Advertisement

The journal of nutrition, health & aging

, Volume 21, Issue 2, pp 173–179 | Cite as

Protein enrichment of familiar foods as an innovative strategy to increase protein intake in institutionalized elderly

  • Janne Beelen
  • N. M. de Roos
  • L. C. P. G. M. de Groot
Article

Abstract

Objective

To increase the protein intake of older adults, protein enrichment of familiar foods and drinks might be an effective and attractive alternative for oral nutritional supplements (ONS). We performed a pilot study to test whether these products could help institutionalized elderly to reach a protein intake of 1.2 gram per kg body weight per day (g/kg/d).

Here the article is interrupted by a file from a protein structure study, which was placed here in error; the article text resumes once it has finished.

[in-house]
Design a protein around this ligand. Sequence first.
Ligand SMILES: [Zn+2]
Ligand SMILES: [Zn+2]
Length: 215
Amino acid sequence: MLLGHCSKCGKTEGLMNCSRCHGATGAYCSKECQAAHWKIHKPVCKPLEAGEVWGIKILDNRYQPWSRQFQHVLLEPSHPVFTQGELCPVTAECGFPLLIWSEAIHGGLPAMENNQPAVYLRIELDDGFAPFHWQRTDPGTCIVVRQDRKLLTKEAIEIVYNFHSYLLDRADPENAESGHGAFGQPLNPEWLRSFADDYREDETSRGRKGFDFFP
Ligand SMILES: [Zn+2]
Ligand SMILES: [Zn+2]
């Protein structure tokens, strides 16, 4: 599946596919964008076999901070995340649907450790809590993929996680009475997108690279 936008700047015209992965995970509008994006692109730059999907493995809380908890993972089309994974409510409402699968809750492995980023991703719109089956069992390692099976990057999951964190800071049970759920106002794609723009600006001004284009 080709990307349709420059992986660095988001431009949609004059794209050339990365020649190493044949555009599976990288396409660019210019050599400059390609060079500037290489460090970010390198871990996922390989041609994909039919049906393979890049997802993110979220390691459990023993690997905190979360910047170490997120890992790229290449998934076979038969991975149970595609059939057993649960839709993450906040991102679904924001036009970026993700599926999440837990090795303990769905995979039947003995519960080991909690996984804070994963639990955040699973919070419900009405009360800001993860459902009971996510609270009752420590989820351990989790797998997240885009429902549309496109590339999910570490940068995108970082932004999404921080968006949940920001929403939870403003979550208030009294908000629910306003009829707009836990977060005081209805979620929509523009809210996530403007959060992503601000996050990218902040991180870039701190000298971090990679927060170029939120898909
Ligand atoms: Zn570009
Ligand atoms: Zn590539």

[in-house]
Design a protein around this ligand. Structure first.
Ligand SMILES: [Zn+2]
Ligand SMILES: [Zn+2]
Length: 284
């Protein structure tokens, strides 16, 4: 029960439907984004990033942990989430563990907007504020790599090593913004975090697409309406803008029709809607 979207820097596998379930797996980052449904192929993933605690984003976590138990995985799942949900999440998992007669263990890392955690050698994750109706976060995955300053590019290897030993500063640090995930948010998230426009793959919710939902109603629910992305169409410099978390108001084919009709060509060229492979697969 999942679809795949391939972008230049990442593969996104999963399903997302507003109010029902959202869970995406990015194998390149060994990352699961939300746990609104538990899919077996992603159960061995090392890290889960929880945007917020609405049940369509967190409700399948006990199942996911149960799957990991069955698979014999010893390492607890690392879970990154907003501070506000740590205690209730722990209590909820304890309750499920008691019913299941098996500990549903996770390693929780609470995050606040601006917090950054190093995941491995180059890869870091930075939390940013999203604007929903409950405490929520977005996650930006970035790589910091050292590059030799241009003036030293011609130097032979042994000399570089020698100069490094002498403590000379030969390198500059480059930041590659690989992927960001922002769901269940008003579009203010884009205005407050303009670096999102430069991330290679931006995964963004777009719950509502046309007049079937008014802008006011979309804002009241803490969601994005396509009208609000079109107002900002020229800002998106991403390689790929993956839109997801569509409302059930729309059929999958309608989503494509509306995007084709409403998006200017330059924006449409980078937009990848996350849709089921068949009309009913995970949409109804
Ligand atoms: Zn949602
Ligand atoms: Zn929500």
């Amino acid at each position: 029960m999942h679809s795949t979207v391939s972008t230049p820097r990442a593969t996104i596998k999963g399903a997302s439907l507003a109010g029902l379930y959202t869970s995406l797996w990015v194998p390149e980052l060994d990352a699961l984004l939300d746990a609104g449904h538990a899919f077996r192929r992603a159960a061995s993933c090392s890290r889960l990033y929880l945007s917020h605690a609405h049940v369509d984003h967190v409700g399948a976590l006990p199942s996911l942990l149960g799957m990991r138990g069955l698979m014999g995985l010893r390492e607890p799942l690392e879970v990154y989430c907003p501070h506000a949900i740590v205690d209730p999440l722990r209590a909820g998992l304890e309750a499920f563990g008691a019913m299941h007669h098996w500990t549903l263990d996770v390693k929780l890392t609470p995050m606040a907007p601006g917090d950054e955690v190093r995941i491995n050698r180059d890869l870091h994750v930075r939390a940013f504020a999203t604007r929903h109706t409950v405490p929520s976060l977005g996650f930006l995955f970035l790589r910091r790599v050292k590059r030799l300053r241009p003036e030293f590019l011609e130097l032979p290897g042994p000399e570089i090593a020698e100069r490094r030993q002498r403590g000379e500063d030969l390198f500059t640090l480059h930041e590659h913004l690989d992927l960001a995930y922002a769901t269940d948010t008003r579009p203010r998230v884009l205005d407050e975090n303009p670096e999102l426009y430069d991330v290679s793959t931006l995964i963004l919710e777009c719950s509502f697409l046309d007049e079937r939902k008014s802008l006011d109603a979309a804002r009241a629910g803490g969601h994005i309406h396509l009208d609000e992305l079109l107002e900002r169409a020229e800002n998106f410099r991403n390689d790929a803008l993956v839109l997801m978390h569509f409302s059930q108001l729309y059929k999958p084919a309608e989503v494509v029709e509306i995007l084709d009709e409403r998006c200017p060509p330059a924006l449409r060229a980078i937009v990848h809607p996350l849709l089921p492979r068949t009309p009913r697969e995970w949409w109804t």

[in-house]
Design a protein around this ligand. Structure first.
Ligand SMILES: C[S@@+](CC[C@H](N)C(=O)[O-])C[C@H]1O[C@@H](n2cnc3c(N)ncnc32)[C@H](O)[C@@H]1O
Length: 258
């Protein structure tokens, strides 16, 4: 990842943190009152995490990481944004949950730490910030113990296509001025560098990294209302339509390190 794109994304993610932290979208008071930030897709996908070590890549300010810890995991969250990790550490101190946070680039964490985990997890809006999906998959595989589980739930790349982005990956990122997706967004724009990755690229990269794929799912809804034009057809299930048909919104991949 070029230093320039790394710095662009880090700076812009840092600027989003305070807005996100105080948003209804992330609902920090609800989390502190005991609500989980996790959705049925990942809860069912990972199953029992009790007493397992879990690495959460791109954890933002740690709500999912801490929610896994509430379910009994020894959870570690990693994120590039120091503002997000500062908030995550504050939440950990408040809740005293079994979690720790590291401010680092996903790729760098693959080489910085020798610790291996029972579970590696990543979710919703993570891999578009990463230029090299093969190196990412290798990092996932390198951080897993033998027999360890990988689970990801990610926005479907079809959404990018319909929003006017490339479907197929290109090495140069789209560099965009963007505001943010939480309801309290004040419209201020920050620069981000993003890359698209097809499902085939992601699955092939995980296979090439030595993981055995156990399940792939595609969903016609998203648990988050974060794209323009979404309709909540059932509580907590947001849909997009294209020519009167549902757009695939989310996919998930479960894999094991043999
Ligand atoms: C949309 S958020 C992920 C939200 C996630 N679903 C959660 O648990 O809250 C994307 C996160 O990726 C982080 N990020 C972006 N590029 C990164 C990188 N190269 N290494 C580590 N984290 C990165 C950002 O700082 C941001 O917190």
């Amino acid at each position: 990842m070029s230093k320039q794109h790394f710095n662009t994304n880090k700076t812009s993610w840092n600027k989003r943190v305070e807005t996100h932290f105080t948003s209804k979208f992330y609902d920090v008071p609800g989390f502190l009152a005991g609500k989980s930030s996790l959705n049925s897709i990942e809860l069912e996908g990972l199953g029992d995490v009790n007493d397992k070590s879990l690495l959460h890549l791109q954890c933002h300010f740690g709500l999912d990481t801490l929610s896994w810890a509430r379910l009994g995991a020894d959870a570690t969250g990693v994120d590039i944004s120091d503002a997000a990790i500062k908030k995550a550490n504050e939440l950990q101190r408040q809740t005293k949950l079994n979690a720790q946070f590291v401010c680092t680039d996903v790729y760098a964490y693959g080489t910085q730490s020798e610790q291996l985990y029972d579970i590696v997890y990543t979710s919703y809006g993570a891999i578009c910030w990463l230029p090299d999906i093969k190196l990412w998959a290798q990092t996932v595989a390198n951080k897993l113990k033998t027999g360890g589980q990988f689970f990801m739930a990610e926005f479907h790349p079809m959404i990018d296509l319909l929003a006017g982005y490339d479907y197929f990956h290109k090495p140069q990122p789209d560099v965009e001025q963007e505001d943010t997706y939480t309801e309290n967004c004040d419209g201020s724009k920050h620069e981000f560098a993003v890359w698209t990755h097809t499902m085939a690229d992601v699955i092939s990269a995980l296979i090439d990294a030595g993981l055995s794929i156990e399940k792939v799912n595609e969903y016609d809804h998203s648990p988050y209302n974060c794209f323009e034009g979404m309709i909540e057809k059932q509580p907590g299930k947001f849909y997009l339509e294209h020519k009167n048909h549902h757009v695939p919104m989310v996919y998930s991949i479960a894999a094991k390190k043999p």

Design

Intervention study with one treatment group (no control group). Dietary assessment was done before and at the end of a 10-day intervention.

Setting

Two care facilities in Gelderland, the Netherlands: a residential care home and a rehabilitation center.

Participants

22 elderly subjects (13 women, 9 men; mean age 83.0±9.4 years).

Intervention

We used a variety of newly developed protein enriched regular foods and drinks, including bread, soups, fruit juices, and instant mashed potatoes.

Measurements

Dietary intake was assessed on two consecutive days before and at the end of the intervention, using food records filled out by research assistants. Energy and macronutrient intake was calculated using the 2013 Dutch food composition database. Changes in protein intake were evaluated using paired t-tests.

Results